Supporting the University’s ongoing efforts to raise awareness about, respond to, and address sexual and relationship violence, the Chancellor’s Task Force on Sexual and Relationship Violence conducts the Sexual and Relationship Violence Survey, with the support of the Office of…
Meet Eamon Lee: 7 Questions to Get to Know Syracuse University’s New Executive Chef
Food Services has hired a new executive chef with deep roots in the Central New York region. Chef Eamon Lee brings over three decades of experience in the food services industry to the University. In the near term, Eamon will look to create a culinary training program for the Food Services department. He will also be listening to student, staff and faculty feedback as his team crafts menus and concepts for the University’s dining centers, cafes, and catering and concessions operations.
“Eamon has a depth of experience, passion and energy we are lucky to have at Syracuse University,” says Jon Webster, executive director of hospitality. “He has worked in food service operations of all sizes. He has deep roots in and a strong passion for all things Syracuse.”
A Central New York native, Eamon started his career in high school at age 16 as a dishwasher and cook at The Wellington House in Fayetteville. He has worked at several iconic CNY establishments, including the Brewster Inn and The Lincklaen House in Cazenovia and in 1995, he was the opening sous chef at The Arad Evans Inn.
After a year in Manhattan working with two James Beard Award-winning chefs, he returned to Syracuse and accepted his first executive chef position at 238 Bistro (now Bistro Elephant) in Armory Square. In 1999, he became the executive chef at the Century Club of Syracuse, where he remained for 10 years.
In 2008, he took his career to food service distribution as a culinary director and kitchen design consultant, advising independent restaurant owners and chefs throughout upstate New York. He remained there until the executive chef position at the University opened.
When not working, Eamon enjoys the outdoors and traveling with his wife Amie, herself a Syracuse alumna, and biking, canoeing, bee keeping, foraging, gardening, fly-fishing, or building fine furniture.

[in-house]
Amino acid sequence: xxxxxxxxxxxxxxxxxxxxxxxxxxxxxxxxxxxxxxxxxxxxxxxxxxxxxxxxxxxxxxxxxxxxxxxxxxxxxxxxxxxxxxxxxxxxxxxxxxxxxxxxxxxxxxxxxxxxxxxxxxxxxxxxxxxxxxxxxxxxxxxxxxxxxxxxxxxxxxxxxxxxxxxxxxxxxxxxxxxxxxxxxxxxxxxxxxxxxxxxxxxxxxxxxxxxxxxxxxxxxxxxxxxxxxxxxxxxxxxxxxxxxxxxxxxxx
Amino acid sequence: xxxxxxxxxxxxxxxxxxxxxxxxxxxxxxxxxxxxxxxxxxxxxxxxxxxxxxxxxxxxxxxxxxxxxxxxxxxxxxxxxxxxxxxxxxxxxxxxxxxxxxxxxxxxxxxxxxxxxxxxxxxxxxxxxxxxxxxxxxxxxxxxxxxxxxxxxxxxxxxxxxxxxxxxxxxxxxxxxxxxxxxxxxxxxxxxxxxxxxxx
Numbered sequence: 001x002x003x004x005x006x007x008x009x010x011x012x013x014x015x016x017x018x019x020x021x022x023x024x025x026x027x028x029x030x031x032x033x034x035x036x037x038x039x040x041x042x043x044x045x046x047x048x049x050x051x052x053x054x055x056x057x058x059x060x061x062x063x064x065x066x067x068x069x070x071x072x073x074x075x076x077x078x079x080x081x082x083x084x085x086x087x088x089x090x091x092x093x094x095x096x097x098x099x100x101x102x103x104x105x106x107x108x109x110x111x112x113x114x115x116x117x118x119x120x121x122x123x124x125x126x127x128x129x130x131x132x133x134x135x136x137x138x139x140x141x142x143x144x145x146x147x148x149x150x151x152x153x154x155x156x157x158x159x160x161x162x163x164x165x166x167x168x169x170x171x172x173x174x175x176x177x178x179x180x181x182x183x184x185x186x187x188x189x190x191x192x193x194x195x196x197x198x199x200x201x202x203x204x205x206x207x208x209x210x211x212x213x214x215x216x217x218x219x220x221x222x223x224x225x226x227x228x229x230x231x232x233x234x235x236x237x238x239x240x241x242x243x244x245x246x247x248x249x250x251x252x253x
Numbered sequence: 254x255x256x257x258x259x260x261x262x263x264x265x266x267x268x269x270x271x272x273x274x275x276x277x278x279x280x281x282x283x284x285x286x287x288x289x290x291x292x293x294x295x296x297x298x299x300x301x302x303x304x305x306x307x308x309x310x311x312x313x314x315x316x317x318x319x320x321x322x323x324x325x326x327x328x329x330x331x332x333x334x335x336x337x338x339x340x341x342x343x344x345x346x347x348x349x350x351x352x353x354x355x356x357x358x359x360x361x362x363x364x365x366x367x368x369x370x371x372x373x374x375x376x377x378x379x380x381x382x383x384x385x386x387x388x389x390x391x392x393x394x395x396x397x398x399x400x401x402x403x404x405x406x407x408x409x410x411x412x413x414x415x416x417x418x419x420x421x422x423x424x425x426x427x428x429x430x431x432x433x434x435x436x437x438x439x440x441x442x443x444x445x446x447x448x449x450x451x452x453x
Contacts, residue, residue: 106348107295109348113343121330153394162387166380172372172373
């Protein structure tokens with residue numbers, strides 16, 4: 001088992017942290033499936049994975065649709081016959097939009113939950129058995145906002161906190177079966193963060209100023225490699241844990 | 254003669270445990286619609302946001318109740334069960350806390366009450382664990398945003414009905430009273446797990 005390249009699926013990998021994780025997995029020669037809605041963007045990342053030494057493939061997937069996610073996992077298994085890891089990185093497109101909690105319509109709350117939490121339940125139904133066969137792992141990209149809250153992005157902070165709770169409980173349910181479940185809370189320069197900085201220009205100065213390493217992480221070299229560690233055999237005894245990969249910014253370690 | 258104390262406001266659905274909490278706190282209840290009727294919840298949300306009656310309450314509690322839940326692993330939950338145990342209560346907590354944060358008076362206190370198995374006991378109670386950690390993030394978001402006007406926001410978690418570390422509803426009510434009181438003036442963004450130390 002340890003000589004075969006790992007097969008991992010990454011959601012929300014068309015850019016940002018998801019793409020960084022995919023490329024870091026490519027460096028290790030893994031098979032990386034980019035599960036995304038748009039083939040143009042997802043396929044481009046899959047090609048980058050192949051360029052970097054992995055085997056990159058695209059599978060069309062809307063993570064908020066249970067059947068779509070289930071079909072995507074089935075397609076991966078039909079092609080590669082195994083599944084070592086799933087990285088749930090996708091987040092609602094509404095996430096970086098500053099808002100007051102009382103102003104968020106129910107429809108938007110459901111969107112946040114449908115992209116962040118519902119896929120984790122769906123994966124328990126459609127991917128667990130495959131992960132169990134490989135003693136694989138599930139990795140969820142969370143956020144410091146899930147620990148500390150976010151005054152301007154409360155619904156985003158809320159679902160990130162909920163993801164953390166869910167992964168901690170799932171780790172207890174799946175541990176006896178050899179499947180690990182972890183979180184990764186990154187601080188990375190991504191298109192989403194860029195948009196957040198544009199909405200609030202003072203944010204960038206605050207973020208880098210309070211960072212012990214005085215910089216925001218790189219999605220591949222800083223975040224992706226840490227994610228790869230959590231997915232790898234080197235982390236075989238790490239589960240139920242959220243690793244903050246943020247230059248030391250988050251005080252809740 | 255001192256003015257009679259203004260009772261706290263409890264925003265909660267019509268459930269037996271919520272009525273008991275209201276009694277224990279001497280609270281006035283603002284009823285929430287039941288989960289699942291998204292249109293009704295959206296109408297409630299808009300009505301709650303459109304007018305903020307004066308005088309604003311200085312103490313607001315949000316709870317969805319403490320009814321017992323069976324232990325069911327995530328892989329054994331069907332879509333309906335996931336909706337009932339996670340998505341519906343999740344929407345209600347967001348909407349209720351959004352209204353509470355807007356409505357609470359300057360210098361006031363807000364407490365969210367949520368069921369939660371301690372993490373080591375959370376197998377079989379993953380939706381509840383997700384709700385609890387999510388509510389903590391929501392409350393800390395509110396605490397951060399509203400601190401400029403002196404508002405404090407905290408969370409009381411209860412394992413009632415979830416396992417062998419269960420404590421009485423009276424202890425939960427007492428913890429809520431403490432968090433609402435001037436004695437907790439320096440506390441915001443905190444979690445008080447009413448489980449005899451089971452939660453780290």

01What do you like about working on a college campus?
This is my first time working in a university atmosphere. I grew up in the Syracuse University neighborhood, went to high school in Syracuse, and I’ve bled Orange my whole life, so I am extremely excited about this opportunity.
Because Syracuse University Food Services is self-operated, it gives us the unique opportunity to meet the needs of our students in a way that is most meaningful to them. When we see the same students daily, we can develop a relationship and provide a level of service and hospitality unlike other environments.
02What types of challenges do you foresee?
Food Services is a complex and large organization. Creating any kind of change is a massive undertaking, however, because of the scale of our resources, I feel that we will be able to create a level of culinary excellence unmatched in most universities.
Opportunities present themselves by talking and listening to our students. I plan to be very present, so I can meet with students to better understand their needs and expectations.
03What current food industry trends are exciting to you? Do you see a possibility of including some of these at Syracuse University?
The bowl concept is an example of something that is quickly served with intense and interesting flavors. I like that bowls are like an empty canvas where you can take something delicious from anywhere in the world, break it down to its basic elements, and reconstruct it so it is creative and playful, all in a bowl!
Eating should be fun. The bowl concept allows you to immerse yourself in a different culture and discover something inspiring and delicious.
04What is your vision for Food Services? What can students look forward to seeing in the near future?
I plan to be available and visible where food is served on campus. I will be looking to engage with our student audience. I hope to evolve Food Service’s relationship with our students, asking better questions, and doing more meaningful outreach.
I plan to spend just as much time in the dining room as in the kitchen, to better understand our students’ preferences.
05What is your personal cooking style?
My cooking style evolved throughout the years as I had the opportunity to work with world-renowned chefs. By learning their styles, I eventually settled on what matters most to me in my own cooking style.
I’m a seasonal cook. I focus on what is accessible each season of the year. In Upstate New York, we have four seasons and twelve months of natural variety, which lends itself to unlimited exciting foods and flavors throughout the year. I like to keep food natural and simple using the best locally available ingredients.
06What’s your favorite dish to cook or bake?
I love to bake bread. I shared my sourdough starter with local cooks during the pandemic, when everyone wanted to bake sourdough bread. I also love all kinds of pastry and coming up with fresh meals using the ingredients found in my home garden.
07What is your favorite restaurant in Syracuse?
Saint Urban Wine Bar & Restaurant on Dell Street. The chef/owner of Saint Urban, Jared Stafford-Hill, and I used to work together in the ‘90’s. When he decided to open the restaurant, I offered my woodworking skills and created the tables, bar, and other woodwork in the restaurant. It’s an incredible feeling to see their extraordinary food served and enjoyed on my craftsmanship.
A Mano Kitchen and Bar on Warren Street is my other favorite. The Fiacchi family is simply wonderful, and their food is delicious and comforting. I love it there!